To say the 20th Century saw immense changes in art would perhaps be an understatement. The Modern Two’s exhibition ‘Decades: The Art of Change’ transports us through the world of art from 1900 to 1970. Although all the artistic developments are indeed innovative and transformative, the developments all seem to be understandable and explainable.
In the first room, viewers are met with radical, spell-binding forms of art: the dynamic colours of works of the Fauves. the disorientating, unreal qualities of the Cubists, the distortion, even harshness of Die Brücke movement and the Orphist style merging elements of Cubism whilst retaining the Fauvist interest in colour. What all these artists have in common is their intention to set about creating entirely new artistic methodologies. The communication between them feels as though it is emanated in whispers in the room, not just by means of inspiration but also as artists were responding to and reacting against each other.
Next, the viewer is led through doors into a room, almost as if entering into another realm. The dim lighting so perfectly encapsulates the poignant and haunting spirit of the Surrealist works displayed in it. These artists embraced creativity, fostering a style which stifled conscious control over the artistic process by allowing the unconscious mind and intuition to guide the work.
The influence of Cubism on abstract art is clear. However, the abstract artists of the 1930’s seemed deconstruct their works even further, to break completely with tradition and seek an uncorrupted simplicity. Yet, with the torment of WWII, art became bleaker and even disturbing, and a penetrable gloominess is evoked. Artists in the 1940s sought to express the brutality in the world at this time, as seen in Bacon’s painting, which suggests a human figure but does not feature it, seemingly intimating a lack of humanity.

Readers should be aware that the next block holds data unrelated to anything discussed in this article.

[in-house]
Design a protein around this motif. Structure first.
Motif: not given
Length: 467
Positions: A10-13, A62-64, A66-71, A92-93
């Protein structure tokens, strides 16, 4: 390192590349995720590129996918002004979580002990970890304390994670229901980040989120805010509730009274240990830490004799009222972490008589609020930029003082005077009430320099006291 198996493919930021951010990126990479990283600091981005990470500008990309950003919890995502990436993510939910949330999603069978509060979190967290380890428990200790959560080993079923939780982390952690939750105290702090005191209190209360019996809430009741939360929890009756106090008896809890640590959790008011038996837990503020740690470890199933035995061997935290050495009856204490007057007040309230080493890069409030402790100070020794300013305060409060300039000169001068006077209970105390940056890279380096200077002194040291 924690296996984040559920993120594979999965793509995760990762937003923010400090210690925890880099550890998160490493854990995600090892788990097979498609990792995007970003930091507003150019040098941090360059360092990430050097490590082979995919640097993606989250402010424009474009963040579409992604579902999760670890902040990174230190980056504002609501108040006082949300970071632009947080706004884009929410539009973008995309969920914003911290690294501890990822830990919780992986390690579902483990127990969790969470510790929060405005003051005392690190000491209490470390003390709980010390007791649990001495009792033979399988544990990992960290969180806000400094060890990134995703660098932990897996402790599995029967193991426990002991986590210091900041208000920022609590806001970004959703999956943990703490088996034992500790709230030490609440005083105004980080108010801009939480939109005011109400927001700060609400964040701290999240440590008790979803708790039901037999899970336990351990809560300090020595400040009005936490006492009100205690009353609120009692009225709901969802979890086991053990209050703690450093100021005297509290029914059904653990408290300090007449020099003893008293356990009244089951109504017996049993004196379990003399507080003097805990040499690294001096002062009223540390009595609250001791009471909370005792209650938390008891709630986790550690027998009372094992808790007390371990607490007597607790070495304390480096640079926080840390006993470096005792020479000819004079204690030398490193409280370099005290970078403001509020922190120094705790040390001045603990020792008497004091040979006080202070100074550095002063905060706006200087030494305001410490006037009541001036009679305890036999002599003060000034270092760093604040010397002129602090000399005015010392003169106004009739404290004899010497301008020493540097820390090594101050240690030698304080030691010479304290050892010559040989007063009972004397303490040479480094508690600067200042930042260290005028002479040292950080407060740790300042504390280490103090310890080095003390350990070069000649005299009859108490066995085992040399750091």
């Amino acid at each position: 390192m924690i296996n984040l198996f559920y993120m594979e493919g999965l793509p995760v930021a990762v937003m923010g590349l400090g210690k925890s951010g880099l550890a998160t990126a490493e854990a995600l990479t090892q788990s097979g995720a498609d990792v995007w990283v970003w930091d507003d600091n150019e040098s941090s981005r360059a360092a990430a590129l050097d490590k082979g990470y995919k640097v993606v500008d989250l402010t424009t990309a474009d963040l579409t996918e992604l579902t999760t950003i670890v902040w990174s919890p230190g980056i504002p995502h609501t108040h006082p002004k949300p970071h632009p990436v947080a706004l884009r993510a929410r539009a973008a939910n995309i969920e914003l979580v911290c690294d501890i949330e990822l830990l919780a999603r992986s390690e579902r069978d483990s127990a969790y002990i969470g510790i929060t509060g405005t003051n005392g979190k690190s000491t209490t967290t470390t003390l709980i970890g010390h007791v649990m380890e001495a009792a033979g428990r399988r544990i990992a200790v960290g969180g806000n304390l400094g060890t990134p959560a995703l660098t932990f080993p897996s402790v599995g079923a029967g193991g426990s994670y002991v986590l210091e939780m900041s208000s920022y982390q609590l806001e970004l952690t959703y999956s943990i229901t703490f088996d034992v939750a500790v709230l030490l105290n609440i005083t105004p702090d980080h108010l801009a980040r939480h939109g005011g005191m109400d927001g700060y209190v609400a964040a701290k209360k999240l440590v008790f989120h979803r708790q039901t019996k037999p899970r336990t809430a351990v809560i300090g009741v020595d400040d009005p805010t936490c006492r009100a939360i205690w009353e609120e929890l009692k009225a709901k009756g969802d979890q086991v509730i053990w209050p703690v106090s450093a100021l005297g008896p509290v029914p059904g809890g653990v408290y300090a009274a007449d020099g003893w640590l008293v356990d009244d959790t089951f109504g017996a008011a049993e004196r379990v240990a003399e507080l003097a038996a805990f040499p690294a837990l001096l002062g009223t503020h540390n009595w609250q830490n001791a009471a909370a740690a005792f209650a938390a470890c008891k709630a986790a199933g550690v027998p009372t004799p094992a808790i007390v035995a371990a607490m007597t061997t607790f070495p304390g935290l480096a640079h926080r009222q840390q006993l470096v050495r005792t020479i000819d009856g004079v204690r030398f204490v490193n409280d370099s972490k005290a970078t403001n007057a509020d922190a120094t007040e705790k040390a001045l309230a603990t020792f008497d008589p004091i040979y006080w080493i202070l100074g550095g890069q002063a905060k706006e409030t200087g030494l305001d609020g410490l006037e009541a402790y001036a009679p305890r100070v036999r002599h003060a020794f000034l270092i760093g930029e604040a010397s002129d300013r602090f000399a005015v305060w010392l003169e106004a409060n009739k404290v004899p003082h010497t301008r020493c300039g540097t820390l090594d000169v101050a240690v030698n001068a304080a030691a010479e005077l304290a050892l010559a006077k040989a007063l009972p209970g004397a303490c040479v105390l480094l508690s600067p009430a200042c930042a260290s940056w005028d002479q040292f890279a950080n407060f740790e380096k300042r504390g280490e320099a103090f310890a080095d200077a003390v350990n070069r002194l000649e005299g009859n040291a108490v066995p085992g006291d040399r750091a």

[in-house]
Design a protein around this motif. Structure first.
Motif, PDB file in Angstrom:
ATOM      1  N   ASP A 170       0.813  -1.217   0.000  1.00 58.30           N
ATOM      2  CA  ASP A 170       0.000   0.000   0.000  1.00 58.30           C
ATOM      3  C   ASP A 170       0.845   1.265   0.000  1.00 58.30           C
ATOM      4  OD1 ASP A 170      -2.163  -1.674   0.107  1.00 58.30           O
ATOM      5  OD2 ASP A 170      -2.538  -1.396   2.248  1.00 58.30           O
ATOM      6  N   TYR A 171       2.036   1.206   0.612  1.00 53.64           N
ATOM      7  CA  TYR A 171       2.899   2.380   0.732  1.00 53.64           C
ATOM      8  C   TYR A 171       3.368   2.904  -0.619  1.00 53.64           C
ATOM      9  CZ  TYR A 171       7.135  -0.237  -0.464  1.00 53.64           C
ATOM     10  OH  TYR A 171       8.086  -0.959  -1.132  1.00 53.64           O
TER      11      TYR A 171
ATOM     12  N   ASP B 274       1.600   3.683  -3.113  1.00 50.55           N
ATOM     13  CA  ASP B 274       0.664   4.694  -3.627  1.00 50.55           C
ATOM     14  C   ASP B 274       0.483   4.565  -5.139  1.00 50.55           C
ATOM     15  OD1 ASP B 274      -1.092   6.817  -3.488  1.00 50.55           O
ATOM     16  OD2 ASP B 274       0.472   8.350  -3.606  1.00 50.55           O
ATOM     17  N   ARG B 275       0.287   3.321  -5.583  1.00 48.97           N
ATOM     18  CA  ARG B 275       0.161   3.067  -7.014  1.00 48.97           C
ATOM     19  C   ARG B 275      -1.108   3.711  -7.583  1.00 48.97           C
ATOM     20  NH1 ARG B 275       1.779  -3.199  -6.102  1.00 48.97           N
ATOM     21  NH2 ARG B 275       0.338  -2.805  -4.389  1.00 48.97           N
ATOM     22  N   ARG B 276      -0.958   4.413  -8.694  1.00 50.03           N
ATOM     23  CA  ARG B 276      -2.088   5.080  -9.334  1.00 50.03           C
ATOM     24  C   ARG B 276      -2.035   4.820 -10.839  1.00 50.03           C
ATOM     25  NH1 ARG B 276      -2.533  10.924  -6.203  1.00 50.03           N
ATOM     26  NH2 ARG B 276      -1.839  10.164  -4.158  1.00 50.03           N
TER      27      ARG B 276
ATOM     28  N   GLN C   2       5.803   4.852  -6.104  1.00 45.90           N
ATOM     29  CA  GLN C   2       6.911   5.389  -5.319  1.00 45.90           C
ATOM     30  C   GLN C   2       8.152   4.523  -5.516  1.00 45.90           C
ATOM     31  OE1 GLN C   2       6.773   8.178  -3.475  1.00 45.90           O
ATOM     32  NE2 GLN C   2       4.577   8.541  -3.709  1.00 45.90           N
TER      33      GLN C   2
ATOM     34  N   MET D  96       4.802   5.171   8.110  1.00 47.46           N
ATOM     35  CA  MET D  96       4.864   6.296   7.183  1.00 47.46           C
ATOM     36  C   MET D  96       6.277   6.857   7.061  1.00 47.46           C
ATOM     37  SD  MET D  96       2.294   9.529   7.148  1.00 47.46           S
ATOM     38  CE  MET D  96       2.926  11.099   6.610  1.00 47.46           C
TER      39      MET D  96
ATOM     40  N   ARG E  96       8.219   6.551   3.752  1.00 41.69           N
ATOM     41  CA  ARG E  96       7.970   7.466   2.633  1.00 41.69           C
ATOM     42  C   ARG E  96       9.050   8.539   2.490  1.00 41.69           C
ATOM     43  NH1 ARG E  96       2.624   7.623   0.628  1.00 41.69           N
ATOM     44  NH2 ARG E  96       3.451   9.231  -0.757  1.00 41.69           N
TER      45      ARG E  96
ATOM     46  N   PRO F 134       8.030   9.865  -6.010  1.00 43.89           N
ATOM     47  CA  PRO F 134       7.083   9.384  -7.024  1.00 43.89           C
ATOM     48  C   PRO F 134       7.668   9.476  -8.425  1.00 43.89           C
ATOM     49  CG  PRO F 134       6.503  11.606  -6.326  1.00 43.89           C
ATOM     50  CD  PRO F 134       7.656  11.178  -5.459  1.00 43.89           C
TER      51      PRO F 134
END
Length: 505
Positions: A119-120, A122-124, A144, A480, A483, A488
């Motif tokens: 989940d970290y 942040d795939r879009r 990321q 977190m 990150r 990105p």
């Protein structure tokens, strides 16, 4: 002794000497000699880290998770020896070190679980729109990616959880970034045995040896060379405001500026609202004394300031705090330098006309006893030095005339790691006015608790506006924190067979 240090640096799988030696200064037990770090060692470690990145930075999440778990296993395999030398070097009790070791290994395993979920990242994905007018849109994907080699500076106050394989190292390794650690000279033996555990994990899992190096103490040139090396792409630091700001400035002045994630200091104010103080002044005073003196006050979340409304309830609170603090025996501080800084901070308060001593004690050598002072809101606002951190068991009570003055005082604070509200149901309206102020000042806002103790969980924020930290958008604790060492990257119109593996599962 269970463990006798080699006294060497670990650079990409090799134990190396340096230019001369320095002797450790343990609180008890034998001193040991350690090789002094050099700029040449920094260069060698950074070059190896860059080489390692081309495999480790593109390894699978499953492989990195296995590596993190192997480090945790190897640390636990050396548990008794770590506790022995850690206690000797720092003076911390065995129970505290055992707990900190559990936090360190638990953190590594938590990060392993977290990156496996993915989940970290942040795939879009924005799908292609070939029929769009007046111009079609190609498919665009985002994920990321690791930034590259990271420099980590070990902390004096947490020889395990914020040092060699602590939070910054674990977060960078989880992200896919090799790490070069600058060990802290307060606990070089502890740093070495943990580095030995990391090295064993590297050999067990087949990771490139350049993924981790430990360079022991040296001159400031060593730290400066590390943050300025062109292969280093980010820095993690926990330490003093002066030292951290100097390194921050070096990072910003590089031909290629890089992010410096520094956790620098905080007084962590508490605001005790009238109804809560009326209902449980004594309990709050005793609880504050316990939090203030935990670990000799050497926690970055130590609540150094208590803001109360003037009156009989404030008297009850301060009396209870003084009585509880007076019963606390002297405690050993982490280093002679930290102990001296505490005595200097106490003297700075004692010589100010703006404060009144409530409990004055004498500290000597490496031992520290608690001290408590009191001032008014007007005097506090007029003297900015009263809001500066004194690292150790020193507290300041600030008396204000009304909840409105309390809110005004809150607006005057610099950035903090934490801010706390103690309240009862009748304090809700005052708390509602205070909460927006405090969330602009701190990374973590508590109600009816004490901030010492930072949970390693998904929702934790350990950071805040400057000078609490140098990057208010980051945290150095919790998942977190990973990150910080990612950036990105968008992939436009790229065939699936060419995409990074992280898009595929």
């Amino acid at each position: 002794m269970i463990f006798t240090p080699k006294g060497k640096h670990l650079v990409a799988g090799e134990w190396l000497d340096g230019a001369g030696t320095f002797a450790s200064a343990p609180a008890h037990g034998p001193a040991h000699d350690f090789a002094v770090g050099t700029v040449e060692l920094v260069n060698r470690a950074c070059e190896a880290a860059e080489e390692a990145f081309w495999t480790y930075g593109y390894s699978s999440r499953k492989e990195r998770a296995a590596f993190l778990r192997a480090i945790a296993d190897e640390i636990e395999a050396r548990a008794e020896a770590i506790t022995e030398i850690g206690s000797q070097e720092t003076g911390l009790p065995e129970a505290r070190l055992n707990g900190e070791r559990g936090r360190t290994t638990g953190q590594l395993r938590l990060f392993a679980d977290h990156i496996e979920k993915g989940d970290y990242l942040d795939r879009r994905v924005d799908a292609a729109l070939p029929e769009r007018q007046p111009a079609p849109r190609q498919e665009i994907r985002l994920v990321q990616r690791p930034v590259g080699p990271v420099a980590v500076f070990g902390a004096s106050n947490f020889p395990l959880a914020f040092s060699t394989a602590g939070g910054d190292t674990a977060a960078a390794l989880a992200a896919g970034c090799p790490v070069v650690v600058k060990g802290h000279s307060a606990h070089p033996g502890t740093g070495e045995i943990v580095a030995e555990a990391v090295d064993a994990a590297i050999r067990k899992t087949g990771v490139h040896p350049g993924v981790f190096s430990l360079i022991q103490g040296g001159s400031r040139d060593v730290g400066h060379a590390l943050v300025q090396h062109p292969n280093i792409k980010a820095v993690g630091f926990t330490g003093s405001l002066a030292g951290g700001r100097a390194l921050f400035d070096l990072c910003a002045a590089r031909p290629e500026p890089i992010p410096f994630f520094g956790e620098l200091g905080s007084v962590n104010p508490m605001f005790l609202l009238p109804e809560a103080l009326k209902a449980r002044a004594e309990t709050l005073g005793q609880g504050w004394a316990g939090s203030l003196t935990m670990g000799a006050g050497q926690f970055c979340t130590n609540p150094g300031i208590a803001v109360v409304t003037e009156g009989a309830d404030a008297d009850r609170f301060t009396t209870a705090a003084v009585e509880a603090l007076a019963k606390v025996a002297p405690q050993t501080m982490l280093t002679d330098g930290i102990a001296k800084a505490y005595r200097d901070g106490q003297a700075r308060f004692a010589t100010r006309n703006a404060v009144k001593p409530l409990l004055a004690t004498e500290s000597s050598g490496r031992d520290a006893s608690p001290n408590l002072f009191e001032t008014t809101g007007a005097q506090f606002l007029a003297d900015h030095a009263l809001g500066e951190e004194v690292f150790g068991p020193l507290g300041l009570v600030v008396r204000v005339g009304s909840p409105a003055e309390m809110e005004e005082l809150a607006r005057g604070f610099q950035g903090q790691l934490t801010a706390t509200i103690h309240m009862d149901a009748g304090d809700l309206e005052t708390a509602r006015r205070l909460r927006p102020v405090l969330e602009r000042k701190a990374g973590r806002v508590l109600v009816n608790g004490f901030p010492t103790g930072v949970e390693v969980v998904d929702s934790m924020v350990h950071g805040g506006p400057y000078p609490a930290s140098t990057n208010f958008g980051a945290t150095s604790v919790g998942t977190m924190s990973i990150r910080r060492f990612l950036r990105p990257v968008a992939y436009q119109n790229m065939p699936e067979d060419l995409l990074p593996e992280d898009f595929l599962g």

Moving on to the 50s, abstract art continued to develop, taking on a political significance. In the face of totalitarian, fascist regimes, abstraction pertained to liberalism and individualism. Dubuffet’s painting is almost reminiscent of Basquiat’s urban style characterized by the use of graffiti. This is surprising given that Basquiat emerged nearly 30 years after the 50s, but it reiterates the important, long-lasting influence of abstract art.
The artworks of the 1960s seem to exemplify the commodification of the modern world. The room exhibiting works from the 1970s accentuates the minimalist style that artists began to flirt with through the lack of colour. The blank, torn paper stuck on canvas by LeWitt, I might have previously overlooked, I am now fascinated and entranced by. It’s in many ways a work of self-reflection; viewers are not guided towards meaning, instead it embodies how we interact, respond and interpret art, and also highlights our role as a spectator, a voyeur, which feels an uncomfortable part to play.
Forgetting that the exhibition finishes with the 70s, I ask one of the Modern Two employees “Where’s the room for the 80s”. She replies that the exhibition ends here. What a whirlwind I had been taken on, I felt like I needed to see more, that the timeline the exhibition details is unfinished. I’m left on a cliffhanger, wanting to know what comes next. But perhaps, this disappointment captures what the journey of art is all about radical surprises, unexpected twists, and ultimately its inconclusive nature.
Image via Lolo Schaw Miller.